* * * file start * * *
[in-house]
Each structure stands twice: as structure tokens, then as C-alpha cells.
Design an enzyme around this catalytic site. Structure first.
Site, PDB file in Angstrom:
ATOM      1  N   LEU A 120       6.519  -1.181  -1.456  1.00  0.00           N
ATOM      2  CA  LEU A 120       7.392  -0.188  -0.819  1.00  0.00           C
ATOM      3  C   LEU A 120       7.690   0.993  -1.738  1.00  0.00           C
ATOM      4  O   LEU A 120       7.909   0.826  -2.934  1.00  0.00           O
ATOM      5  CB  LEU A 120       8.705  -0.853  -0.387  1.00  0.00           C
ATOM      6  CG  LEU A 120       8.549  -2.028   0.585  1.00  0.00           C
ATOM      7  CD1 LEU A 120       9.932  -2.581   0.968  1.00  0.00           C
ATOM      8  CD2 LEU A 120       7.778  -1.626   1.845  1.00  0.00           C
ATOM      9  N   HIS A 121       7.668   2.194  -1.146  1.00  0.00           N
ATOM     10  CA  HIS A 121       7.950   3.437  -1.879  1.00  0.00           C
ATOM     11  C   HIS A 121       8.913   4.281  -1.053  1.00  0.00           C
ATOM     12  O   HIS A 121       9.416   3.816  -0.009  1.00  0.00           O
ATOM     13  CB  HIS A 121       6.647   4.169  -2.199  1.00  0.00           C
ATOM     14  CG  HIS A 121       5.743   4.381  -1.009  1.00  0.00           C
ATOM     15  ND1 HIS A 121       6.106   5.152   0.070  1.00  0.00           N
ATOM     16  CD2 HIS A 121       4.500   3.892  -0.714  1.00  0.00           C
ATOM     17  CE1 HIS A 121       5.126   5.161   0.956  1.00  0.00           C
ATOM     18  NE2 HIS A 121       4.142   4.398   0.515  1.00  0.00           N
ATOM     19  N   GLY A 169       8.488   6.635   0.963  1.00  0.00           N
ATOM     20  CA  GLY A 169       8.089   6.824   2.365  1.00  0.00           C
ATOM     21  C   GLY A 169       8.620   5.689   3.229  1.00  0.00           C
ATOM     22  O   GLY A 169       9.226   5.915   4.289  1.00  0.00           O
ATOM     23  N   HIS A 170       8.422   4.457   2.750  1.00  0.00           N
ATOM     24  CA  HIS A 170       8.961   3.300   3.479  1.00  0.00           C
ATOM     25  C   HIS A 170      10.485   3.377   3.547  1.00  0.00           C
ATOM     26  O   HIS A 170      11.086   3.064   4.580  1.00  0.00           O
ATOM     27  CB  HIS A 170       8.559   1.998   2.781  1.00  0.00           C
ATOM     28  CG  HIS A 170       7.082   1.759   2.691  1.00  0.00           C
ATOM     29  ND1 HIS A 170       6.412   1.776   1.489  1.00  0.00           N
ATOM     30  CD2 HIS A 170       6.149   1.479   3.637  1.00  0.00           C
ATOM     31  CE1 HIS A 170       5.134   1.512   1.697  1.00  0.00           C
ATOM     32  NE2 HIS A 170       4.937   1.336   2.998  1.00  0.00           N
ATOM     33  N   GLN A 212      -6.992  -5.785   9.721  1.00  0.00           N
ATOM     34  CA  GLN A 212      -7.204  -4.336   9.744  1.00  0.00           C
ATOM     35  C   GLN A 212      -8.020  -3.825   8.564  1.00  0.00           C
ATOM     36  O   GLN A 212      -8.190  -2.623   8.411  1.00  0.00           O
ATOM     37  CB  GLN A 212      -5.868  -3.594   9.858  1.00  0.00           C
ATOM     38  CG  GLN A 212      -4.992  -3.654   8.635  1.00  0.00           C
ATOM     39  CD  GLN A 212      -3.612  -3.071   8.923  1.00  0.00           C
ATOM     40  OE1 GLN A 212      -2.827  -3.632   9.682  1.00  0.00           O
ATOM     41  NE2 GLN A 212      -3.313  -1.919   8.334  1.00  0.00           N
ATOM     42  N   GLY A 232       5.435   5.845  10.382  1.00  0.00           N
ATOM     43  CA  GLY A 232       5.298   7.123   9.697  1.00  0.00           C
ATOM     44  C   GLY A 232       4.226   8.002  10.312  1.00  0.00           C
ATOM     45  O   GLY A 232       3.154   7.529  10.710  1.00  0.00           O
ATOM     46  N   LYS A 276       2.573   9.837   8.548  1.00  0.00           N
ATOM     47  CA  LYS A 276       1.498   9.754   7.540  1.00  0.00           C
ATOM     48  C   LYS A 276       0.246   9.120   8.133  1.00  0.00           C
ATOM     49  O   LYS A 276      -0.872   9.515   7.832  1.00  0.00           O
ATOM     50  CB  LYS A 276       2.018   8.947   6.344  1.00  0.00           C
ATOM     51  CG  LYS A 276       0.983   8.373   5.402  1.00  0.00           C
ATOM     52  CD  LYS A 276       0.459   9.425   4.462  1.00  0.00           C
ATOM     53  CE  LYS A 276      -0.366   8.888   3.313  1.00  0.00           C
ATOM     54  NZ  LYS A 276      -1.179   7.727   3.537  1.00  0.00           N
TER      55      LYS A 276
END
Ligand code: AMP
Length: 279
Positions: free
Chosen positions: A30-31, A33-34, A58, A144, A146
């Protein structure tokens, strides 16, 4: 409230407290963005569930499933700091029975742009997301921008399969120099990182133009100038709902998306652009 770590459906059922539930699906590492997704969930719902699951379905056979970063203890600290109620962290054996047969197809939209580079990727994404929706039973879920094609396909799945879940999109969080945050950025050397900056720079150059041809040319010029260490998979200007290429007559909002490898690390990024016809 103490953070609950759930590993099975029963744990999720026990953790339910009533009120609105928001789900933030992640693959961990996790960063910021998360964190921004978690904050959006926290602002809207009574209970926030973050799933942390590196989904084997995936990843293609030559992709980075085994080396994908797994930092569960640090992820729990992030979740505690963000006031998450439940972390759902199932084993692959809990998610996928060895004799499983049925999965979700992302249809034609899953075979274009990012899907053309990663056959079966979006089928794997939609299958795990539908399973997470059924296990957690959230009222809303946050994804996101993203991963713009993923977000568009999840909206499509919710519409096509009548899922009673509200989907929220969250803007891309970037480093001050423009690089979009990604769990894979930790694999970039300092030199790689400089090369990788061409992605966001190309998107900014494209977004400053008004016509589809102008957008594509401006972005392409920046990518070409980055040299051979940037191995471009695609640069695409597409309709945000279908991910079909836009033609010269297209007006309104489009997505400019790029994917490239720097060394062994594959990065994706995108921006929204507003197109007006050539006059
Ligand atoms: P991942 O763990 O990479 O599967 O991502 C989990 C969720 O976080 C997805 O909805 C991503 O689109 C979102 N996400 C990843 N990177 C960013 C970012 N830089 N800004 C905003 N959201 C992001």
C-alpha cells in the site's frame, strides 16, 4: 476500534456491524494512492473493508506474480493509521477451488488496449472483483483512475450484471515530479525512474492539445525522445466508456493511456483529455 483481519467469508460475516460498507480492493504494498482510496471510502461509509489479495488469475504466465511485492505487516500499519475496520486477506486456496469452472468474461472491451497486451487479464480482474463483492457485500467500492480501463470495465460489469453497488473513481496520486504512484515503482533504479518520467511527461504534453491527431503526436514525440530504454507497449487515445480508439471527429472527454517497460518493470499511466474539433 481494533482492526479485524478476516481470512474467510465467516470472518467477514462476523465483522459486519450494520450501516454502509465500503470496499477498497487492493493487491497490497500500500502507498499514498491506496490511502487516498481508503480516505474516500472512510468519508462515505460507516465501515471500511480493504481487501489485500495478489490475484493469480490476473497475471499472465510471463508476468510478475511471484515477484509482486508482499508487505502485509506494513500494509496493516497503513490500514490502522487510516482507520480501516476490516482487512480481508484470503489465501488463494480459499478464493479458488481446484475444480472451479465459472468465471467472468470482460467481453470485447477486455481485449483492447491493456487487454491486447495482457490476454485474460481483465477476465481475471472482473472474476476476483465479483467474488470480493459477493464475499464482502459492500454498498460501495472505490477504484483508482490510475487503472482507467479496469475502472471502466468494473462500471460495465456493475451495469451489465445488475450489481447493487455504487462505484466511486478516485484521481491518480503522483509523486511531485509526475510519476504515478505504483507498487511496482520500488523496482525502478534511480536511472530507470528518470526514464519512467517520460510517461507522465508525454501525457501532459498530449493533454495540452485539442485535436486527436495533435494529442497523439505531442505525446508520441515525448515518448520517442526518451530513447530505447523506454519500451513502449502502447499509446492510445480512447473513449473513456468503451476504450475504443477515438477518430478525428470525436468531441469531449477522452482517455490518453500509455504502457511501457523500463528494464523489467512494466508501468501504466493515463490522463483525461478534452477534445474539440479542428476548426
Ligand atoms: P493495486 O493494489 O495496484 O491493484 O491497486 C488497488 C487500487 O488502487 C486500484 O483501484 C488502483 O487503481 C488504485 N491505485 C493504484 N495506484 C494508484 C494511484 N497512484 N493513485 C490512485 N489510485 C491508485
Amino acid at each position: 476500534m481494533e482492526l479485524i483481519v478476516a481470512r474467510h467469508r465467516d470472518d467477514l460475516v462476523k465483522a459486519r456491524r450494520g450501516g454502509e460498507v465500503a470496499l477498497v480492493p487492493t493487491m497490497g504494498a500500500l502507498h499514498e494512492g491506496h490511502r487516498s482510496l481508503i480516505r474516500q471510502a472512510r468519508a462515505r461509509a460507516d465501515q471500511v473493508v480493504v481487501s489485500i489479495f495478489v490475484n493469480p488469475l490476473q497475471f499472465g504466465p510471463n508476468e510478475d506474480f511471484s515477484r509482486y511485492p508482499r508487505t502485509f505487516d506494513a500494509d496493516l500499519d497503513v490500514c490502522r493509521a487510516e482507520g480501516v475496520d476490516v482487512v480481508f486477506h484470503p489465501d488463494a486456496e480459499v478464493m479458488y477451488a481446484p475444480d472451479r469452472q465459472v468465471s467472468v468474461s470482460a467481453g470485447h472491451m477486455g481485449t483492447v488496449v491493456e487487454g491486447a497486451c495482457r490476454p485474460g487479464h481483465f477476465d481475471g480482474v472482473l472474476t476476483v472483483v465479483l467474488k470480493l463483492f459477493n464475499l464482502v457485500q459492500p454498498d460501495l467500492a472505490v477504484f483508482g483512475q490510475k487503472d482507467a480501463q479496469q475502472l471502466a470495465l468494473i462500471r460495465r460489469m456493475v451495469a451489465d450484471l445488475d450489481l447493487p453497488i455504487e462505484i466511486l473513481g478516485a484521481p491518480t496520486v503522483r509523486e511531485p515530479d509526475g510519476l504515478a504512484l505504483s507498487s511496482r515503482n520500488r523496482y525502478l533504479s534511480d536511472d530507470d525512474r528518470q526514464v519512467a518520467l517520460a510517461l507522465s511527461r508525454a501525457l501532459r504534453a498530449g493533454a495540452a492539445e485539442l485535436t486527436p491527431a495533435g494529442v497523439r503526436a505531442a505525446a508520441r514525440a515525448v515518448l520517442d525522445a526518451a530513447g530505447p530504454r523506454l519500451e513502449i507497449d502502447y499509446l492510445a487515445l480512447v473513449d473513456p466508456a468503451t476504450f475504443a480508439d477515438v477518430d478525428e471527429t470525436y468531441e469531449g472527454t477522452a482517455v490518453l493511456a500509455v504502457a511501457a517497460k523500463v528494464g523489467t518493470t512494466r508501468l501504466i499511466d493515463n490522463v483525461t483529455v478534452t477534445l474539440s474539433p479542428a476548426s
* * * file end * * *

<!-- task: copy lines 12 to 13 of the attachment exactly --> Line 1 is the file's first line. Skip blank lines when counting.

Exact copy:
ATOM      8  CD2 LEU A 120       7.778  -1.626   1.845  1.00  0.00           C
ATOM      9  N   HIS A 121       7.668   2.194  -1.146  1.00  0.00           N